The Innovative Medicines Initiative (IMI) has successfully launched its third wave of projects. The 7 new projects, which have a combined total cost of €215 million and will run for 5 years, are taking on some of the biggest challenges in healthcare research. Some of the new projects aim to speed up the search for more effective treatments for certain diseases and conditions that are currently difficult to manage.
For example, PreDiCT-TB is investigating ways of designing new combinations of drugs to make tuberculosis treatments more patient-friendly, while DIRECT aims to pave the way for type 2 diabetes patients to benefit from personalised medicines.
Meanwhile EU-AIMS is working towards the development of new treatments designed specifically to treat autism spectrum disorders (ASD).
Other projects are focused more on safety issues. MIP-DILI aims to make it easier for researchers to identify potential drugs that are likely to cause liver damage - an important issue when one considers that drug-induced liver injury is a leading cause of liver failure.
ABIRISK is working in the emerging area of biopharmaceuticals - novel drugs which are based on biological molecules such as proteins and can occasionally trigger an immune response. ABIRISK's goal is to study the underlying causes of the immune response with a view to improving the safety of biopharmaceuticals.
Elsewhere, BIOVACSAFE is working to develop tools to accelerate procedures to test and monitor vaccine safety.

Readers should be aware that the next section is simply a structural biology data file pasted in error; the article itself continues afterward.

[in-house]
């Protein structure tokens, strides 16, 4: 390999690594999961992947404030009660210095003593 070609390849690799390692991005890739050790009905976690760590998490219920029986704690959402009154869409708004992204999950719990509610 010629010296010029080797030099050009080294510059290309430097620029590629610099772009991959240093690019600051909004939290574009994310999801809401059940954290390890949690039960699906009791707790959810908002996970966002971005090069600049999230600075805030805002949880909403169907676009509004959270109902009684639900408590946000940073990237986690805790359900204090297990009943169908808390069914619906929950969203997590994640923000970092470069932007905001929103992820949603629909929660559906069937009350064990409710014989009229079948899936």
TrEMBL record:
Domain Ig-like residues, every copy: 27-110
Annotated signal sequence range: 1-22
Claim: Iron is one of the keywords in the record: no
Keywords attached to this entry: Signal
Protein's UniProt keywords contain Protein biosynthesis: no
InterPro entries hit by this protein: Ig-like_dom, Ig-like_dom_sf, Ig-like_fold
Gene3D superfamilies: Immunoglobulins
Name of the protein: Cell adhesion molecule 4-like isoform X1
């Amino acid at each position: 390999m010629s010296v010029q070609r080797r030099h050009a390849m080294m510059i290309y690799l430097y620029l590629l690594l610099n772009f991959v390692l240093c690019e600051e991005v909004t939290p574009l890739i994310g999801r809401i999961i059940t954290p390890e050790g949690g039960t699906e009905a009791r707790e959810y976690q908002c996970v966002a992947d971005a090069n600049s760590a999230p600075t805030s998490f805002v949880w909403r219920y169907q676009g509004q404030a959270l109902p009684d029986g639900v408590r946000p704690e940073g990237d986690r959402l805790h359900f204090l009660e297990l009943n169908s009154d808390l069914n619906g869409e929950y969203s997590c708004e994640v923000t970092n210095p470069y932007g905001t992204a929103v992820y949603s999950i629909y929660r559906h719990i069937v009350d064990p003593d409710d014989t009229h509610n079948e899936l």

Finally, IMI is pleased to announce the launch of another Education & Training project; EUPATI will create a European Patients' Academy on Therapeutic Innovation, which will educate patients and the public about medicines development and empower patients to engage more effectively in the drug development process.
IMI Executive Director Michel Goldman said: "These projects are all taking on research challenges that would be too big for one company or academic team to tackle on its own. They therefore demonstrate IMI's value in creating pan-European teams of experts that are in a position to make major advances in these critical areas."
The new projects mean that IMI is now supporting a total of 30 projects with a combined total cost of over €650 million. All IMI projects are jointly supported by the EU (in cash) and the member companies of the European Federation of Pharmaceutical Industries and Associations (EFPIA) (in-kind contributions).
Looking to the future, IMI expects to kick-off a fourth round of projects by the end of the year in areas related to obesity, Alzheimer's Disease, drug delivery by nano-carriers, sustainable chemical drug production, the behavior of drugs in the human body, knowledge management and stem cells for drug discovery, as well as a fifth wave of projects building a Joint European Compound Collection and a European Screening Centre.
In addition, IMI has recently launched a major programme for combatting antibiotic resistance. More Calls for proposals are in the pipeline, including a Call on the assessment of vaccination impact and on effectiveness research.
About the Innovative Medicines Initiative (IMI)
IMI is the world's largest public-private partnership in health research and development. Through the 7th Framework Programme for Research, the European Union contributes €1 billion to the IMI research programme, which is matched by in kind contributions worth at least another €1 billion from the member companies of the European Federation of Pharmaceutical Industries and Associations (EFPIA). IMI is improving the environment for pharmaceutical innovation in Europe, by engaging and supporting networks of industrial and academic experts in collaborative research projects. The Innovative Medicines Initiative currently funds 30 projects, many of which are already producing impressive results.